I’ve written about the concept of a “gap” a number of times over the years. Each time, the gap was different. The first time, I shared Dan Sullivan’s principle about the gap between the goal you wanted to achieve and your actual results, if you didn’t hit the goal. The difference was the gap. Another […]
I’ve written about the concept of a “gap” a number of times over the years. Each time, the gap was different.
The first time, I shared Dan Sullivan’s principle about the gap between the goal you wanted to achieve and your actual results, if you didn’t hit the goal. The difference was the gap.
Another time I wrote about the competitive gap, which is about the gap or distance you put between you and your competition. The bigger the gap, the bigger your advantage.
Then there was the gap between the service you want the customer to experience and the actual service they receive. Often when leadership is surveyed about how good they think their service and experience is, it differs—in a negative way—from what the customer is actually experiencing. The bigger the gap, the bigger the problem.
Well, the concept of the gap is expanding. Here’s my latest angle on this idea.
I’ve always believed that the customer gets to decide if you deliver on the service you want them to have, as was the subject of the last gap article. However, in the past few years, the customer has become smarter about what a great service experience looks and feels like. They know what great service is because their favorite brands and companies teach them. It could be a big, recognizable brand they shop with or an industry vendor they buy from in their business. The point is that these organizations—your customer’s favorites—are setting a new bar.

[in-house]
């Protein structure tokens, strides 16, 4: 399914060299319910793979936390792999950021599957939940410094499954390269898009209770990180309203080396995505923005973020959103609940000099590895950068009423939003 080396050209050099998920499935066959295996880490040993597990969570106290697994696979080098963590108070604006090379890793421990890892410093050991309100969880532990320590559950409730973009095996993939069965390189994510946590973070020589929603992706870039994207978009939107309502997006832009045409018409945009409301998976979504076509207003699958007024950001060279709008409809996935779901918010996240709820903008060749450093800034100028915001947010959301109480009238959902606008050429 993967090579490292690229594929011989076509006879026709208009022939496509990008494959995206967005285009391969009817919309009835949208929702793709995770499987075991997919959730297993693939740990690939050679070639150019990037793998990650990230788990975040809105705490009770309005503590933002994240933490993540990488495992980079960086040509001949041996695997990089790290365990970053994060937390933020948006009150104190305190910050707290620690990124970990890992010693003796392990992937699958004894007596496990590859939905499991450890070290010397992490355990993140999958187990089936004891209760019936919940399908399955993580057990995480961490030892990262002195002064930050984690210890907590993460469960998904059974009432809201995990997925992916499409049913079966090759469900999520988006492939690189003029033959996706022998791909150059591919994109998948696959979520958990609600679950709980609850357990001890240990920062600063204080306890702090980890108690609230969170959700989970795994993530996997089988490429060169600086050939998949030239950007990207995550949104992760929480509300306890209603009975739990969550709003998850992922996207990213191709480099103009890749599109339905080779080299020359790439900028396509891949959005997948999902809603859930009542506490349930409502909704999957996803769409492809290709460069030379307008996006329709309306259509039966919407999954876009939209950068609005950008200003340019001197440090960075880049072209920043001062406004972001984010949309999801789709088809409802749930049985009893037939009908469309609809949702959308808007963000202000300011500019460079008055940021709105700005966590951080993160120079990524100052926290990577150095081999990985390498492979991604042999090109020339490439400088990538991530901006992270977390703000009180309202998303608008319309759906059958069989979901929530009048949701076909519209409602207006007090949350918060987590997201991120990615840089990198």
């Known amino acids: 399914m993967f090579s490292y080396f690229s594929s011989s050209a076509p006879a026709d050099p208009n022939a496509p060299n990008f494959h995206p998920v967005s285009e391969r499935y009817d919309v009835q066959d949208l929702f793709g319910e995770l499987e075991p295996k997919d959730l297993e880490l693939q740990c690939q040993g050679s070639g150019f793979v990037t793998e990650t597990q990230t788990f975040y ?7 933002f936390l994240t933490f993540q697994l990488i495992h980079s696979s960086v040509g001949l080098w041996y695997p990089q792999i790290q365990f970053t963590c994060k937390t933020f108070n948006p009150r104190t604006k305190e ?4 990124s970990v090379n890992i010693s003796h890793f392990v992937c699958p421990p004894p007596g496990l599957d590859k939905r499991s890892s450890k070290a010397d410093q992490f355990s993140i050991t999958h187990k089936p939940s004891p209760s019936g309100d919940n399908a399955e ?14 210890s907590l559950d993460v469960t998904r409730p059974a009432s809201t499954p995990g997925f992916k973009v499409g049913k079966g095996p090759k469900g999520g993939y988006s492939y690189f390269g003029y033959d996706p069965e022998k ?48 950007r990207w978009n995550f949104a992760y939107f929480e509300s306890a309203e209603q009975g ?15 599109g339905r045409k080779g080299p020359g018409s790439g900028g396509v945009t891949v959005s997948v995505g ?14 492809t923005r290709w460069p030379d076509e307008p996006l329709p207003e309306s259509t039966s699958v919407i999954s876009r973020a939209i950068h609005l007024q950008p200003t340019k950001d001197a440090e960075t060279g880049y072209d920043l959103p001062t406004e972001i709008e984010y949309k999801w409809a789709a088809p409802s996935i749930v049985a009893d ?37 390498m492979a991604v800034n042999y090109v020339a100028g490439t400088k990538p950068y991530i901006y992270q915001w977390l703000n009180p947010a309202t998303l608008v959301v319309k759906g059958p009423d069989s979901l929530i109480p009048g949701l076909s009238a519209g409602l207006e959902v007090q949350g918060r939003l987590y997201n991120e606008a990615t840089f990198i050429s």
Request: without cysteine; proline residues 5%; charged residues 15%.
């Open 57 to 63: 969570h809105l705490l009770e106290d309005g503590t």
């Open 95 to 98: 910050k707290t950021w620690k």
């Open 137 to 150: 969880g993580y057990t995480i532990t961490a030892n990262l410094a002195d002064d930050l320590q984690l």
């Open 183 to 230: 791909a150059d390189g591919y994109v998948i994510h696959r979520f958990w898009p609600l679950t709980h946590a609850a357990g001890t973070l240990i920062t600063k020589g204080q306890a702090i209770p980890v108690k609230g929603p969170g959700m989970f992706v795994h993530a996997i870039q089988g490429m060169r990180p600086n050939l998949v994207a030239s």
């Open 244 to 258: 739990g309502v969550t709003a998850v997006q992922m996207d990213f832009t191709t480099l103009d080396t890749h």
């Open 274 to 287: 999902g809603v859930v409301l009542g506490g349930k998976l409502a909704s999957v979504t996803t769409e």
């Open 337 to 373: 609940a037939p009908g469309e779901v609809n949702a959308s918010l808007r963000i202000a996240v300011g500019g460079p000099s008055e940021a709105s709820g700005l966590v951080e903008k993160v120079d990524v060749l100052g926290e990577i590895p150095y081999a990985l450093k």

The new version of the gap is an expectation gap. It’s the difference between what a customer experiences with the brands and companies they love and what they experience with you and your company. Before our customers became so customer service savvy, the gap was set by the competition. As mentioned in my second article about the gap, hopefully it’s you, not your competition, that is creating a bigger gap. However, this new expectation has less to do with a direct competitor than the idea that the customer now compares you to the best service they have ever had from any brand or organization.
So, what’s your gap? How do you measure against rock star companies? Not just your competition, but the best companies in the world that are creating new levels of customer expectations. Here’s your goal: be the company that creates the gap. In other words, be so good that you are the company all others aspire to emulate. I know, it’s a big goal. How can you compare yourself to Amazon, Apple, Ritz-Carlton, and other iconic service-focused brands? You absolutely can! Become the Ritz-Carlton of your industry. Set the bar high and the gap between what your customers expect and what you deliver gets smaller. Create the smallest gap you can between what your customers expect and what you deliver and the biggest gap between what your competitors deliver and what you deliver.
Shep Hyken is a customer service expert, keynote speaker, and New York Times bestselling business author. For information, contact 314-692-2200 or www.hyken.com. For information on The Customer Focus™ customer service training programs, go to www.thecustomerfocus.com. Follow on Twitter: @Hyken
(Copyright © MMXX, Shep Hyken)
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